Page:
Middle Percy - The Serenity of a Beautiful Anchorage
The Big A Frame
The fishing was amazing - literally in a few feet of water there was Spanish Mackeral chasing huge schools of Gar Fish in beautiful clear water.  I kept the crew of a cat entertained when we motored into a large school being chased and the Gar Fish were hitting the side of the dinghy and nearly jumping aboard to escape the Mackeral - needless to say I was head down, screaming trying to escape the jumping fish to the great delight of the cat beside us!  We did enjoy a lovely evening with some new friends on the yacht Gilly who we have passed a number of times at different anchorages.  The crew also enjoyed walks along deserted beaches and a few paddles along the edge.
Gilly anchoraged at Digby
All wonderful things can not last - and we decided to head off for a quick day sail to Digby Island and then onto Scawfell Island whilst a small breeze was forecasted - mmmm there was no breeze for both legs but we did enjoy both anchorages very much.  Digby had some good fishing but alas the captain with his sprained hand just couldn't get them onto the boat (it was night as well which didn't help!)
Sailing to Digby - Breeze - what Breeze?
The last leg has now seen the crew arrive in the Whitsundays proper (also known as the Cumberland group) just in time to meet with Tim and Pam.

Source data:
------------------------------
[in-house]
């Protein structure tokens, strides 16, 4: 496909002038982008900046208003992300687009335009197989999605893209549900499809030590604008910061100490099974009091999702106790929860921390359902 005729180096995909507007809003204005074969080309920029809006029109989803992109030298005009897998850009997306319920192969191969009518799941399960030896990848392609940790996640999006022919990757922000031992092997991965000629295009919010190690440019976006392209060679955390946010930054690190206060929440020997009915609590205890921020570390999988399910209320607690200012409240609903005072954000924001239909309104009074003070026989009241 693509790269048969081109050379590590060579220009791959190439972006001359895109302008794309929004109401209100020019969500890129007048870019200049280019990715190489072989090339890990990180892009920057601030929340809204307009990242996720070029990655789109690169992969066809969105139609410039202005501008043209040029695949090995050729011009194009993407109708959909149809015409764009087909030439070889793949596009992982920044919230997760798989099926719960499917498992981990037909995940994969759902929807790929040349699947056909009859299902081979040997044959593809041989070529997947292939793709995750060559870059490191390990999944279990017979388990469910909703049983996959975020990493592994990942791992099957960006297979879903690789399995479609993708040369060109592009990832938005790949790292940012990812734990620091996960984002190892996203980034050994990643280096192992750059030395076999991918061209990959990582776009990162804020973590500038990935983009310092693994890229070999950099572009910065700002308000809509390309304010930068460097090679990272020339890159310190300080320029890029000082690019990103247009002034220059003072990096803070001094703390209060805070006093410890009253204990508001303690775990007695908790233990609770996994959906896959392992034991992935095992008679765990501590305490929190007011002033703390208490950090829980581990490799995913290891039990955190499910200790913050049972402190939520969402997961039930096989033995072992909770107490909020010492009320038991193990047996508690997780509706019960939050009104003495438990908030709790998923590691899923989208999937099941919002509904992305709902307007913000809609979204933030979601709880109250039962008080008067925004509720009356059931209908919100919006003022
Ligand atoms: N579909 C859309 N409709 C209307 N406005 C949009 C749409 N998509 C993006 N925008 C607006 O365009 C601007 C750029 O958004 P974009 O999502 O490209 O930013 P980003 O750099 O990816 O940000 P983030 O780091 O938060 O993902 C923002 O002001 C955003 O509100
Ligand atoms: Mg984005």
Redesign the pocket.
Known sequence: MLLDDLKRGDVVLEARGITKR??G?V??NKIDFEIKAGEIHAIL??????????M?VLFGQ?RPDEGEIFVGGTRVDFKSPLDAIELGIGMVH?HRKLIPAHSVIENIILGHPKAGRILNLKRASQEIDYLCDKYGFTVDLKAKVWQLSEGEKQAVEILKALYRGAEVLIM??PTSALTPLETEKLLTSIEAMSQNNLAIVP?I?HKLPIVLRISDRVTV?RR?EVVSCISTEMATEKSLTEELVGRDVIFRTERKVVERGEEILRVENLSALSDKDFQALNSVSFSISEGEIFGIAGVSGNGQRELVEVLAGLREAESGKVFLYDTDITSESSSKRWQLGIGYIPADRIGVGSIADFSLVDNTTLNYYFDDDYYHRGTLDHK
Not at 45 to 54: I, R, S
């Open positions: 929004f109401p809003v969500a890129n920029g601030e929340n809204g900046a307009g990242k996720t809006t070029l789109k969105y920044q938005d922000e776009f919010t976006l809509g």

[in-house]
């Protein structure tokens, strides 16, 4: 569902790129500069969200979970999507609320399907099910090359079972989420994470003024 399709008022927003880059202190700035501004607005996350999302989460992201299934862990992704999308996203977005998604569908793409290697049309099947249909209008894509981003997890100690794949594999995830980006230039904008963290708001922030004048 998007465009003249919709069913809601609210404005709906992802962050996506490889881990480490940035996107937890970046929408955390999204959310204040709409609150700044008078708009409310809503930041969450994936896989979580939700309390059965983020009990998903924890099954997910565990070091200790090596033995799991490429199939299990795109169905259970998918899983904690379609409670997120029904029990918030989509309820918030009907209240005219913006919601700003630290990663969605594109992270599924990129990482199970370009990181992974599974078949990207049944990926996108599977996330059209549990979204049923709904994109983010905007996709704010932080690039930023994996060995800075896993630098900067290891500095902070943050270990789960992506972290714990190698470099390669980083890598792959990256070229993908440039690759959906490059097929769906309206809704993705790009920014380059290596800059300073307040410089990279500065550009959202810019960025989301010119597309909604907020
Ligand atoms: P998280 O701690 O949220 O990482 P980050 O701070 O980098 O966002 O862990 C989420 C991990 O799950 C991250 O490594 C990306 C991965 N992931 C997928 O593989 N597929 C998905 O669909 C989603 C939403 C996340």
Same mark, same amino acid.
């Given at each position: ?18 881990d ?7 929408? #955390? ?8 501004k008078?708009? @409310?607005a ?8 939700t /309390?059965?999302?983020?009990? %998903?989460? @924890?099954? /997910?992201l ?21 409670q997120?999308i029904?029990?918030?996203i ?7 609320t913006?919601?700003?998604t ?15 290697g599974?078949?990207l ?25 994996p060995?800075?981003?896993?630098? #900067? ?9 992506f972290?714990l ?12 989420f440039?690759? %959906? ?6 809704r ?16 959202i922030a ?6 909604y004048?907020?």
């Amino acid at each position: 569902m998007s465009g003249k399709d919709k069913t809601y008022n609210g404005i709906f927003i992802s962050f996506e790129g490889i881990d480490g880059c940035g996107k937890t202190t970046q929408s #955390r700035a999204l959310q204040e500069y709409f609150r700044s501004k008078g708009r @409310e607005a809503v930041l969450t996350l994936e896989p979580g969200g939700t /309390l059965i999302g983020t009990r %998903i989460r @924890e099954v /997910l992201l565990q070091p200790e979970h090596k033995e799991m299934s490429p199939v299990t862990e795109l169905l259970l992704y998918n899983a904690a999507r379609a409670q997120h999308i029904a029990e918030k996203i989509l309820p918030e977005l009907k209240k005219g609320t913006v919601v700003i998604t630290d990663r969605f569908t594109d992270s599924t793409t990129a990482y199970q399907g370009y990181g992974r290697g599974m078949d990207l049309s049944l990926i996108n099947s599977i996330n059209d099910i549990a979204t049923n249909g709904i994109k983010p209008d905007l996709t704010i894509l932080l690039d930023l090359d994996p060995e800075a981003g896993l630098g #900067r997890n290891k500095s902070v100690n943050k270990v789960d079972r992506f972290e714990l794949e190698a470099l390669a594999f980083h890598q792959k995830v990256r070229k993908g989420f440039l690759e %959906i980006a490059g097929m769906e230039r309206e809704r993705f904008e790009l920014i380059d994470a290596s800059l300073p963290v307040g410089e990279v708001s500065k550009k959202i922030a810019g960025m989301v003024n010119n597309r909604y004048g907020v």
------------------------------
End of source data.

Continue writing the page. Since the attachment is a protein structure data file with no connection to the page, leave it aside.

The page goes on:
Plenty to write about on the next post...

Until then


Monday, 5 August 2013

The Sandy Straights and Running Aground....

My apologies to everyone for my tardiness on providing updates on our recent progress..

So the crew left Mooloolaba very early Thursday morning with a steady wind and swell wasn't a perfect forecast for the 'mad mile run' but the crew all agreed that the pod could handle those conditions without a problem. 
In actual fact there was very little concern until one of the boats about an hour ahead of the Pod reported that they had been knocked down by two rogue waves on way point 2 - the poor fellow was very distraught when reporting into the VMR.  This particular boat reported they would need to spend the next few hours mopping up water and putting their boat back in order. 
The VMR did report that the second way point should be taken about 50 meters to the North of the marker as the bar had moved around a bit further since it was put down - unfortunately this boat may have taken the waypoint a bit to finely as there was significant swell and waves breaking on both sides of the Pod when we entered.  The crew even took the precaution of putting in the storm boards and of course all the crew (including Miss Charlotte) put on our life jackets just in case.  We navigated the bar without mishap and the Pod handled the confused seas like the gem that she is.

The crew studying the 'cruising bible' for the best anchorages after the Mad Mile 
Note the life jacket

The crew then spent the next few nights at an anchorage called Pelican Bay - I particularly like this anchorage as the water is clean with a nice sand spit for exploring and there is many boats coming and going to peruse from the cockpit.